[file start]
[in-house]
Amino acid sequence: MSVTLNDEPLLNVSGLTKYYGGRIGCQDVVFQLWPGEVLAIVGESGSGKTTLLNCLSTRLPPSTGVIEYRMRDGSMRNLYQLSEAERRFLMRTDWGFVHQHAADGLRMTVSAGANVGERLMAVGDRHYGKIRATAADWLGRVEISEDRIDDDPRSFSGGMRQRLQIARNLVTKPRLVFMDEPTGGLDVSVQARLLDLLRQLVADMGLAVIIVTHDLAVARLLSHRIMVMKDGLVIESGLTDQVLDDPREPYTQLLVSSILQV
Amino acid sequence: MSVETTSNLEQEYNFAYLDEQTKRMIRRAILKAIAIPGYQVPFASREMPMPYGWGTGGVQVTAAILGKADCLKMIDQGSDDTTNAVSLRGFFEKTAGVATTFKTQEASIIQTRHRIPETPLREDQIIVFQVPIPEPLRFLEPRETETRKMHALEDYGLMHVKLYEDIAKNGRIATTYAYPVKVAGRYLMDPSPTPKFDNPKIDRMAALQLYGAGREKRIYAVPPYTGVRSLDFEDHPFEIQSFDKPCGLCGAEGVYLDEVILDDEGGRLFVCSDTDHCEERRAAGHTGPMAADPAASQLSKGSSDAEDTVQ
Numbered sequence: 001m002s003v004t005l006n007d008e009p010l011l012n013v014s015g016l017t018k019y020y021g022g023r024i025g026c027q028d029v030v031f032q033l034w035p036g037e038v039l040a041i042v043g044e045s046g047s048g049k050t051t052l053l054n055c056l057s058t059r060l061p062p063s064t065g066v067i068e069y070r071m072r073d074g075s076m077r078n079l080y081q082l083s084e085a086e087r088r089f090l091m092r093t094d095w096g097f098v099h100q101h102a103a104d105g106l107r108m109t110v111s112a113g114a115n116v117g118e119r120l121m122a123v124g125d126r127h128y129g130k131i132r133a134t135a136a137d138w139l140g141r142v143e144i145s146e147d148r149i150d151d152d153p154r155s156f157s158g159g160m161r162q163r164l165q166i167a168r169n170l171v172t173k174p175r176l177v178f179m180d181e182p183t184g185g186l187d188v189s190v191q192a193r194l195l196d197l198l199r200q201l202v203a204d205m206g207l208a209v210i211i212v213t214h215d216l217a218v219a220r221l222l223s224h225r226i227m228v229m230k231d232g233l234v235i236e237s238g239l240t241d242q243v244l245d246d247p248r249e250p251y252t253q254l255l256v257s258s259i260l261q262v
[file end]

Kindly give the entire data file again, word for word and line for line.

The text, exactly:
[in-house]
Amino acid sequence: MSVTLNDEPLLNVSGLTKYYGGRIGCQDVVFQLWPGEVLAIVGESGSGKTTLLNCLSTRLPPSTGVIEYRMRDGSMRNLYQLSEAERRFLMRTDWGFVHQHAADGLRMTVSAGANVGERLMAVGDRHYGKIRATAADWLGRVEISEDRIDDDPRSFSGGMRQRLQIARNLVTKPRLVFMDEPTGGLDVSVQARLLDLLRQLVADMGLAVIIVTHDLAVARLLSHRIMVMKDGLVIESGLTDQVLDDPREPYTQLLVSSILQV
Amino acid sequence: MSVETTSNLEQEYNFAYLDEQTKRMIRRAILKAIAIPGYQVPFASREMPMPYGWGTGGVQVTAAILGKADCLKMIDQGSDDTTNAVSLRGFFEKTAGVATTFKTQEASIIQTRHRIPETPLREDQIIVFQVPIPEPLRFLEPRETETRKMHALEDYGLMHVKLYEDIAKNGRIATTYAYPVKVAGRYLMDPSPTPKFDNPKIDRMAALQLYGAGREKRIYAVPPYTGVRSLDFEDHPFEIQSFDKPCGLCGAEGVYLDEVILDDEGGRLFVCSDTDHCEERRAAGHTGPMAADPAASQLSKGSSDAEDTVQ
Numbered sequence: 001m002s003v004t005l006n007d008e009p010l011l012n013v014s015g016l017t018k019y020y021g022g023r024i025g026c027q028d029v030v031f032q033l034w035p036g037e038v039l040a041i042v043g044e045s046g047s048g049k050t051t052l053l054n055c056l057s058t059r060l061p062p063s064t065g066v067i068e069y070r071m072r073d074g075s076m077r078n079l080y081q082l083s084e085a086e087r088r089f090l091m092r093t094d095w096g097f098v099h100q101h102a103a104d105g106l107r108m109t110v111s112a113g114a115n116v117g118e119r120l121m122a123v124g125d126r127h128y129g130k131i132r133a134t135a136a137d138w139l140g141r142v143e144i145s146e147d148r149i150d151d152d153p154r155s156f157s158g159g160m161r162q163r164l165q166i167a168r169n170l171v172t173k174p175r176l177v178f179m180d181e182p183t184g185g186l187d188v189s190v191q192a193r194l195l196d197l198l199r200q201l202v203a204d205m206g207l208a209v210i211i212v213t214h215d216l217a218v219a220r221l222l223s224h225r226i227m228v229m230k231d232g233l234v235i236e237s238g239l240t241d242q243v244l245d246d247p248r249e250p251y252t253q254l255l256v257s258s259i260l261q262v